The last embers of this solstice fire are burning down. My daughter is upstairs in her own evening pursuits. My son is asleep on the sofa behind me, prey to the sleepiness of stayed-up-late-last-night. My beloved is too far away, like so many who must go where the work is, no matter where the heart is. We are fortunate in the frequency of our homecomings, and too fortunate in this love to complain.
The last half-charred, half-burning logs lie before me, turning to a bed of coals, glimmering in their heat, giving back all that August stored up. I turn the wood like a pillow, putting the less-burnt side to the coals, with the quick reward of a burst of flame. Still, there is the crackling and tinkling of cooling, like superheated glass or an engine ticking as combustion ebbs away.
I think of my mother, the capable fire-builder and -tender of my youth. South Texas nights cold enough for fires were rare, and still the television was a brighter draw for the rest of the family than the fire flickering on the brick hearth. I would sit by the fire alone, with a book and a too-soft apple or a too-strong cup of tea. (I later learned not all apples were mealy as Red Delicious, and black tea did not have to be steeped until actually black.) Every once in a while, my mother would walk through the room, headed for the kitchen, and along the way stir the coals and drop another log on the fire.
Those moments of attention felt too rare; maybe that’s the nature of things between mothers and daughters, especially when there are fathers and brothers involved. Or maybe those moments really were too rare.
It’s a night long enough to try to get such reflections to resolution. Almost. Even such human-sized questions can take longer than the longest night to settle. Much less can even a solstice evening allow for insanely complex questions, like why insurance companies and politicians are allowed to breed perfect storms of mutual profit at our expense. Why we think we must have wars before diplomacy is given a chance. Why churches keep getting bigger, and compassion scarcer.
Too far afield. I return to here and now. I write by the light of a Christmas tree, the extravagance of a tree cut just to celebrate a season. (Another question … why we so often kill something to celebrate life.) Warmed by the glow of a dying fire, I’m aware not only of the old truism that dying fires still give light, but also that this too is an extravagance: a fire for light and heat in a house electrified for sight and gassified for warmth. My only defense is that a fire in the house is too deep a comfort to give up, if it can be had.
Sitting under Christmas trees is an old habit, too. It was an afternoon’s work, stringing the lights along the branches and hanging thin glass balls and tossing strands of silver tinsel up onto the tree. It was an evening’s pleasure to lie under the tree, watching the shifting pattern of soft colors flashing tree-needle shadows on the ceiling.
I have been reminded this week what the tinsel was meant to portray: the unearthly brilliance of sunshine on fresh snow, like diamonds scattered everywhere the sunlight glances. Even in the night the snow seems to give off light, bluish even under a moonless sky, perhaps reflecting the light of the stars hanging so low and bright they seem caught in the pine-tops.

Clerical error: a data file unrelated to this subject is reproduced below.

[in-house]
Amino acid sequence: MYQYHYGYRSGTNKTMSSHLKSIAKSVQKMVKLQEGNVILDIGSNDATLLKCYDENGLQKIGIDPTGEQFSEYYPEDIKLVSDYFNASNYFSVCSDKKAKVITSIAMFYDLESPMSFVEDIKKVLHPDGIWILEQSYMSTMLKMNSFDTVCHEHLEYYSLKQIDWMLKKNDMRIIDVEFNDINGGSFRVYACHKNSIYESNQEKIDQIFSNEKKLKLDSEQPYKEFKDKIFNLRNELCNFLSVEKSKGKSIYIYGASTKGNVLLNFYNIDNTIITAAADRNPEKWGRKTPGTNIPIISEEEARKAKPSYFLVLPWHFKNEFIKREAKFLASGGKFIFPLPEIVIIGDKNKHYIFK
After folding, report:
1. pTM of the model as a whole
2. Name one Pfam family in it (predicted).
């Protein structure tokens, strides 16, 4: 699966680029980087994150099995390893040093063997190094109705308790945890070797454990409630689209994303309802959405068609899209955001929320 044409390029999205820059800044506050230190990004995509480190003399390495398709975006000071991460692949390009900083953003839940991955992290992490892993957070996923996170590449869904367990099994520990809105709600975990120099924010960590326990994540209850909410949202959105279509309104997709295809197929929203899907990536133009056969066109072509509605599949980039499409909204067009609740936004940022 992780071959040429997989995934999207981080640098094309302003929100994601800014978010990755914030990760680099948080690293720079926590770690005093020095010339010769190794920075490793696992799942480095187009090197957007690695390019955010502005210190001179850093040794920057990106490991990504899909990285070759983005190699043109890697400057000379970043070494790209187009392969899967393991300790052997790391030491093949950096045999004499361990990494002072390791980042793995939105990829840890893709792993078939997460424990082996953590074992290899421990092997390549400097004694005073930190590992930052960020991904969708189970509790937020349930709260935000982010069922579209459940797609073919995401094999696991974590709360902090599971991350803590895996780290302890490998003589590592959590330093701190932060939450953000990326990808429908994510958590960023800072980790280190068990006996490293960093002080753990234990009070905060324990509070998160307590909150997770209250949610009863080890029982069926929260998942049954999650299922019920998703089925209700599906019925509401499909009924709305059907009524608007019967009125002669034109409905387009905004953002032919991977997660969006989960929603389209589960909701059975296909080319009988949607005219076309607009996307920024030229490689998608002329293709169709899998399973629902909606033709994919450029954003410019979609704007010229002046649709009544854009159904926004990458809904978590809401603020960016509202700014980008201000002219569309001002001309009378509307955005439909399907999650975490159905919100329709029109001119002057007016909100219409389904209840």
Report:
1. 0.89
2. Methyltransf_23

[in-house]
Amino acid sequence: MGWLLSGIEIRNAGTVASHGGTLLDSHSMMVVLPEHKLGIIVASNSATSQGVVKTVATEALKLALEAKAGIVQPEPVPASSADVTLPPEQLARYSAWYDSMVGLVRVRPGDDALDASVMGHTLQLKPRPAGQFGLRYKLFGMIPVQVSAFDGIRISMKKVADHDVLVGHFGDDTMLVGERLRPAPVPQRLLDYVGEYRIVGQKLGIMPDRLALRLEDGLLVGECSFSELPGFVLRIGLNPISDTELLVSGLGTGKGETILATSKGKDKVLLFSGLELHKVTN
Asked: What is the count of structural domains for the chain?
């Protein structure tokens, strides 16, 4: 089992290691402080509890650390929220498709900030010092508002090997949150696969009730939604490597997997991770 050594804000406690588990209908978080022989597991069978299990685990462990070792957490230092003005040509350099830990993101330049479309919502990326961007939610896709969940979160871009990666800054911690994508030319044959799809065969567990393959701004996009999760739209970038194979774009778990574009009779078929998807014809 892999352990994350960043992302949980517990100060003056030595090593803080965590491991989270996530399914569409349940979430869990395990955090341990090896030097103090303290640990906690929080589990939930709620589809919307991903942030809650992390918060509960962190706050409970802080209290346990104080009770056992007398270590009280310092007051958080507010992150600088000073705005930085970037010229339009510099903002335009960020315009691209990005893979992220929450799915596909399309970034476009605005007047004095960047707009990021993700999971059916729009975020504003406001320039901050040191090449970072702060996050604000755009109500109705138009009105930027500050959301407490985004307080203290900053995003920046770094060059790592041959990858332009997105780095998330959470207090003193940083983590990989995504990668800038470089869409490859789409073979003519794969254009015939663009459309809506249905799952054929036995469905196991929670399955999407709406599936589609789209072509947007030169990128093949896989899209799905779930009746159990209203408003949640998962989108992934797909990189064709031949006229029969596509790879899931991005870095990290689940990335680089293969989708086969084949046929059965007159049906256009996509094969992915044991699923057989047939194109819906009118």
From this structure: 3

In the early dawn, the soft gray light behind the pines looks washed out, dull compared to the snow, still bright on the ground. How can the snow reflect more light than it receives? I imagine some form of reflection operating through the crystalline structure of the snowflakes lying locked together, bound now in ice. The light is captured in these flakes, photons bounding amongst the miniature mirrors, never finding its way out, leading to a profit of light. A mad theory. But satisfying. Light going on and on, around and around … it’s what light does.
Back to the moment. Time to stir the coals … that they might burn a little more completely. No … no flames left. Only glimmers. Fires are good company, someone once said. This evening I can only imagine one better.
How is it I have fallen so in love with the last things? Autumn turning to winter. Flames flickering down to coals. Gray hair, and crow’s feet around wise eyes. How a candle burns to the guttering end, then winks out. I remember my father’s last breaths. Even eased by morphine and (finally) the removal of the machines, the ragged inefficient breaths kept coming. Living, it would seem, is what we are made for, and it is a hard habit to break. The body wants to go on and on. It’s what we do.
Tonight I feel a matrilineage echoing around in my spirit: for who-knows-how-many centuries, women have watched the seasons turn, watched parents die and children grow, spent the longest night of the year tending a fire and reflecting on the year – and years – past, feeling the quiet accomplishment of coaxing flame to life along woods’ edges, twigs as tinder, logs as unlikely vessels of light, taking strength from that accomplishment for the harder struggles that returned with the morning light.
What energy is stored up in me, ready to give light and heat, should the right spark be struck? Will some holy alchemy allow me to give more than I have received?
Come, fire. Come, light. Come show us what we are for, in the lengthening days ahead, in the turn of the years. Give us this season’s wisdom, and a bit more. Let the fire of our compassion burn longer and hotter than we ever imagined.